The invisible bookshelf - do you have one? I do.

     There are writers you know about, whose work you are definitely going to read 'one day' because, yes, you know it will be rewarding, which is why you put them on the invisible bookshelf in the first place, but somehow, you never get round to it. Leslie Wilson, who wrote the poignant Young Adult novel, set in Hitler's Germany: 'Last Train From Kummersdorf' has been one of these. She's a colleague, no, a friend, and I'd never read her - shameful.
     I will, I will, I promised myself - but never did. Then her new book: 'Malefice', was posted on Facebook. I was intrigued by its cover image, seduced by hints of evil, witchcraft, magic, impressed by its recommendation from the illustrious Hilary Mantel, and hey! it came in a Kindle edition - irresistible! Dear readers, I bought it.

     There are times when a work of art - a novel, a poem, a painting - seems to echo perfectly, and uncomfortably, and disturbingly, with stuff going on in your own life, and this has been one of them. The story's set during the English Civil War, in a country riddled with superstition, where fairies and witches are real, and Satan an evil to be dealt with, and feared. The story's told through the words of many characters - villagers, country people, a clergyman interrogating a supposed 'witch' - so it's often chaotic and quite challenging to understand, but for me, it seemed to mirror the chaos, darkness and confusion in my own life at present.

     Part of this is the very real possibility of moving house. Mine is a very familiar story - a fairly penniless young couple with two small children manage to buy a family-sized house in North London. Only squillionaires can afford to do that now, and at the time we were crippled with a mortgage. Expensively 'doing it up' was out of the question, so we made things ourselves, and I painted, painted, painted - obsessed with stripes and arches. The result has been something very personal.

     When the children left, four people became two people, the house an oversized couple's house. Now, sadly, there is only me, and so much maintenance needs doing - hair-raisingly, the wiring, which is antique and potentially dangerous - and big decisions have to be made. Recently I've been photographing some of our very personal bits of decorating, knowing that sometime soon, they'll vanish for ever, victims to upmarket vandalism (but then, didn't we do the same?) This is my small, upstairs 'Hall of Mirrors' (Versailles, eat your heart out)

     And welcome to my downstairs hall (the staircarpet's ratty and faded, so glad it doesn't show), and our dining room beyond, which I painted in watercolour washes using artist's paint, which is why it glows. This, by the way, is an extremely economical way of decorating, because the expensive pigment is so diluted, the colour built up in layers.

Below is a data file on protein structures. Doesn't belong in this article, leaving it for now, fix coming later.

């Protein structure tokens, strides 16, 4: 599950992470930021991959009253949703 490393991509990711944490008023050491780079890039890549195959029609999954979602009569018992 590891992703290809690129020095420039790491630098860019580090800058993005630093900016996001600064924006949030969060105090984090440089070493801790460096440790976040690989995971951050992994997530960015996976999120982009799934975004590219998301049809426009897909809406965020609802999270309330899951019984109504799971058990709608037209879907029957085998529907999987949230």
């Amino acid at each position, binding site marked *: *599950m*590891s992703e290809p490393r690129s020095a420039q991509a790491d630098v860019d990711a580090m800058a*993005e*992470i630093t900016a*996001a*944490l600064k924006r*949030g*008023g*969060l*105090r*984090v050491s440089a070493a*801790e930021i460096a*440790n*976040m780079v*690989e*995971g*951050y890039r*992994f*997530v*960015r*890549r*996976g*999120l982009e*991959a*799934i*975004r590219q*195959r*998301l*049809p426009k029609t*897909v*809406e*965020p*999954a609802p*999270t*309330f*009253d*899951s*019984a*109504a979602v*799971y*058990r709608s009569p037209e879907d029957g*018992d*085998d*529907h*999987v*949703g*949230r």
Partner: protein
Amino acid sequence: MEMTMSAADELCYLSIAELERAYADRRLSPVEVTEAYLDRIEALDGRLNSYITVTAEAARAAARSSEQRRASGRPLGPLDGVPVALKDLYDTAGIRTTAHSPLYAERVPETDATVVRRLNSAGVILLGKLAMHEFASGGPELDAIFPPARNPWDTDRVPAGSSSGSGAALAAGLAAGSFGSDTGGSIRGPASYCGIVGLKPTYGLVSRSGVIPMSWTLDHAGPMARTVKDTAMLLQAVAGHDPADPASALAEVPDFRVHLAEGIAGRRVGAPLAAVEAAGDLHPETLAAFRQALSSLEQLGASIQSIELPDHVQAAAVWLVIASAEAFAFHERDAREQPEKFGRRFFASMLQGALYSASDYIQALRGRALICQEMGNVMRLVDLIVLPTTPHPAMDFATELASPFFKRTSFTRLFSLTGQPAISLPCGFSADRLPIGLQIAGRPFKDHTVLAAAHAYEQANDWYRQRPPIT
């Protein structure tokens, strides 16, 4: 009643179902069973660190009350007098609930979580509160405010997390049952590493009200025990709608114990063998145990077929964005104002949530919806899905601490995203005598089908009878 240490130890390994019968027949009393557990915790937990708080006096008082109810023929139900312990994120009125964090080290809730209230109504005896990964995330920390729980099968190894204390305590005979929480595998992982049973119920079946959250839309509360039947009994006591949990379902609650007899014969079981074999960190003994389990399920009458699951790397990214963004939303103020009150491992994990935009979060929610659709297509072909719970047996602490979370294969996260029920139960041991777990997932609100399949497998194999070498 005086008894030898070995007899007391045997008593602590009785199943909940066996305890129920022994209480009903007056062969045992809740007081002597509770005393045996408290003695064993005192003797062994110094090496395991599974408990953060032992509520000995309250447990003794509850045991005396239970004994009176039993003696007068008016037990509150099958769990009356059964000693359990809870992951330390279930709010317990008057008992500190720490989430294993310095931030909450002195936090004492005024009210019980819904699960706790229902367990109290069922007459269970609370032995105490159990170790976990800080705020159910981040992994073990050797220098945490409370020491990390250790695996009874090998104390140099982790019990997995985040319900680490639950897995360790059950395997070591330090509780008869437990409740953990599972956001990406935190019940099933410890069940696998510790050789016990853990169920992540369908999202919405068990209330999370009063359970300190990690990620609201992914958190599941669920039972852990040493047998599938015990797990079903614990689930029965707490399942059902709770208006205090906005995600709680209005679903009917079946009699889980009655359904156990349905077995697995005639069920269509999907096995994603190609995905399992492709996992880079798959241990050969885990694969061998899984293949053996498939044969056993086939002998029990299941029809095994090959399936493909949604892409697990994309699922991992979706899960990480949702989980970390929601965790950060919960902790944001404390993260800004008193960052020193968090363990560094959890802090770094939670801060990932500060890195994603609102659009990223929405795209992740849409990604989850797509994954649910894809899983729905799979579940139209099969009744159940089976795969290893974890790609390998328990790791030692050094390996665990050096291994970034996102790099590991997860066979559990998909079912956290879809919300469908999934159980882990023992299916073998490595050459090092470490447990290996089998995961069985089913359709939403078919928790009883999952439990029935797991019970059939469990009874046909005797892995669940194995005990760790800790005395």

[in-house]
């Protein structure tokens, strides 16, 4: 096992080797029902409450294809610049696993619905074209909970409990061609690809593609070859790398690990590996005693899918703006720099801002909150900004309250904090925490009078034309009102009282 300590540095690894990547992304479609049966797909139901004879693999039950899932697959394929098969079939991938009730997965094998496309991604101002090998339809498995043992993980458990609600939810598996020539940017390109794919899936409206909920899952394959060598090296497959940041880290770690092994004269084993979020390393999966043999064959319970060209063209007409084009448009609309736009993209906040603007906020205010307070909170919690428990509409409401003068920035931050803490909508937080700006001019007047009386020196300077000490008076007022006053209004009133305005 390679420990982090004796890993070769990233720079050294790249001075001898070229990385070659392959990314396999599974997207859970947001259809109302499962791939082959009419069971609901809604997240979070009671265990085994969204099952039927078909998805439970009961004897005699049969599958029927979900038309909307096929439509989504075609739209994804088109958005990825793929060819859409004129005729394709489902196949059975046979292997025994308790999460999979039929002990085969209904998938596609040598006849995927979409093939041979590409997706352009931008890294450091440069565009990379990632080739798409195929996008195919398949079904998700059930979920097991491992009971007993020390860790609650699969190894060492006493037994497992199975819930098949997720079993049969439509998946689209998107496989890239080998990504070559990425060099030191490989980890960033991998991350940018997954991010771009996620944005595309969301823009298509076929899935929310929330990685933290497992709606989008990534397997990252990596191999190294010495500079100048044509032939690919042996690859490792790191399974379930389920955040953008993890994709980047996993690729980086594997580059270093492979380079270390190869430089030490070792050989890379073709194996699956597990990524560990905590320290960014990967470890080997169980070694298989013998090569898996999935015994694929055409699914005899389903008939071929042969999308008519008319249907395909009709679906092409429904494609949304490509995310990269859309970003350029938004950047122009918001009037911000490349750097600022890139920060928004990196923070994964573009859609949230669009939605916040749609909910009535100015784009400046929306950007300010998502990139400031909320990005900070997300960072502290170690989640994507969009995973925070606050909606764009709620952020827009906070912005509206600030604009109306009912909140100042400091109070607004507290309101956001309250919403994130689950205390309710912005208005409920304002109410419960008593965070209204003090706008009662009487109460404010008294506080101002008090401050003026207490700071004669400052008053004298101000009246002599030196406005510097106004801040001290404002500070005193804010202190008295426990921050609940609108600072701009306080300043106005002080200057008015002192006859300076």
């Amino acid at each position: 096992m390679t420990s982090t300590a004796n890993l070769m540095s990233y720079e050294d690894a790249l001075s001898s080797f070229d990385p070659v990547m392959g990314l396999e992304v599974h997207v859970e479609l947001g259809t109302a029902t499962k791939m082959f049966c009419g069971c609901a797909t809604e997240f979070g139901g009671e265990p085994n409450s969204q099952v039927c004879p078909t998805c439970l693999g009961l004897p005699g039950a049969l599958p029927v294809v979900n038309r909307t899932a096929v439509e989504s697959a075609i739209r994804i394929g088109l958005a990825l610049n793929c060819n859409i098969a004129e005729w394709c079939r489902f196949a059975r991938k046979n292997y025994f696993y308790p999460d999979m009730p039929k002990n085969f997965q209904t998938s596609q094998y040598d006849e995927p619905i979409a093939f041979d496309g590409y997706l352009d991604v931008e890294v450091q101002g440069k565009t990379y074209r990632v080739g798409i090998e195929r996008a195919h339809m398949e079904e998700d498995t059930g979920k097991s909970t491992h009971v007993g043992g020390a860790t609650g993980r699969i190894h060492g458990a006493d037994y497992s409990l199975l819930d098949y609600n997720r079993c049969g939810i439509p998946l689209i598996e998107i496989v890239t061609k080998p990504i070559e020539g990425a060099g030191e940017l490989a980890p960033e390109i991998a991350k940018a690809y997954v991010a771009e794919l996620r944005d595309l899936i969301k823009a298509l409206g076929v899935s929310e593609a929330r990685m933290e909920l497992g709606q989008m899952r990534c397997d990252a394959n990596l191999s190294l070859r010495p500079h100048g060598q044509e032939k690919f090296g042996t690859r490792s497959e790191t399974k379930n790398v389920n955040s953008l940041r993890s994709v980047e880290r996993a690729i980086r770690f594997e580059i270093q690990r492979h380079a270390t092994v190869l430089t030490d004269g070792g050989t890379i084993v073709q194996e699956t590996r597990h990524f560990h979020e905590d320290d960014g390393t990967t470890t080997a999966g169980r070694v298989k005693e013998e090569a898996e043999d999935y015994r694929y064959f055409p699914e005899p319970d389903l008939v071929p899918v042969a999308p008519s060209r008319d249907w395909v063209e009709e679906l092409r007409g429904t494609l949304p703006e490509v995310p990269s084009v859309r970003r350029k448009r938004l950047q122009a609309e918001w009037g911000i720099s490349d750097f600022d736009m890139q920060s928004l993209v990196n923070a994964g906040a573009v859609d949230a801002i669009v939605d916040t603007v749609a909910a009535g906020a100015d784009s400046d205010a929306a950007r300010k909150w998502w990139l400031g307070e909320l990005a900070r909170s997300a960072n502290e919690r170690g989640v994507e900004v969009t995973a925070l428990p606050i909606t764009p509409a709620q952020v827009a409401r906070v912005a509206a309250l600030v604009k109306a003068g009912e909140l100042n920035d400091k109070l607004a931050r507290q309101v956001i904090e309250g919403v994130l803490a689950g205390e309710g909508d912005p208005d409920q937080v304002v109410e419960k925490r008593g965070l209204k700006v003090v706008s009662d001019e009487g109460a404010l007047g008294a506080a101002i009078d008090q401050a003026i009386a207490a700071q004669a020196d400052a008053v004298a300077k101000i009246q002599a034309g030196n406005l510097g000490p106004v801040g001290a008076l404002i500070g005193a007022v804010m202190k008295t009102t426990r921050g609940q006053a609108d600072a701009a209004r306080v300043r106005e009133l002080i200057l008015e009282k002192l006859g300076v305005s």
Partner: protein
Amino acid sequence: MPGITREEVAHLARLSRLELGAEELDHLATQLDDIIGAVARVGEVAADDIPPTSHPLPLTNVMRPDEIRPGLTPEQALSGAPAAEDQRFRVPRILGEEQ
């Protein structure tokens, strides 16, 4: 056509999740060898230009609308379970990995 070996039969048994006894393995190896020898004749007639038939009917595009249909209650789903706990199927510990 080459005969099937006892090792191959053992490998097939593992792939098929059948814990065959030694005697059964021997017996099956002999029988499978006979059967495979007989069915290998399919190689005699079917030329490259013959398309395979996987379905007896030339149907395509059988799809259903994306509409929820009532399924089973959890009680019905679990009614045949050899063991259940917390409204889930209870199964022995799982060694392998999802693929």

And lastly, our fake Art Deco mirror in the front room - glass cut by our local glazier, surrounds painted by me, then mounted on to cheap chipboard and attached over the fireplace. That one I will certainly take with me.



Bill Kirton said…
I can understand your trepidation, Enid, at the idea of leaving such a lovely (and clearly unique) house with so many memories stretching back so far.(That blue wall is stunning.) I wouldn't dream of offering advice or guesses at what that future might be because I have no idea what choice I'd make myself in such a situation. I hope you find a way to decide and that it turns out to be a positive experience.
Dennis Hamley said…
Yes, isn't Leslie a fine writer. 'Malefice' is a strong and gripping book, as is 'Kummersdorf'. And Leslie, being half-German, was hugely helpful to me about what it was really actually like to be German at the end of WW2. Not very nice, is the answer.
Leslie Wilson said…
Thank you, Enid! What you point out here is that there are always two people involved in the production of the book - the one who has written, and the one who is reading (as authors, of course, we hope that there are many of the latter). But unless our work resonates with something in the reader, we might as well not have bothered. I'm so glad it did resonate with you, and also I wish you all the best in the process of leaving a much-loved home (and a beautiful one).
I was still pretty young (late 30s) when I wrote Malefice, and I didn't actually think of it as a novel about ageing, and yet so it is. We carry so many past selves within us (they are also contained within our homes), and that is maybe another key to the structure of the novel - it tracks back through the past selves, not just of the witch, Alice, but of all the principal actors in the catastrophe.
Leslie Wilson said…
And thank you, Dennis. I did so much enjoy your novel about Germany.

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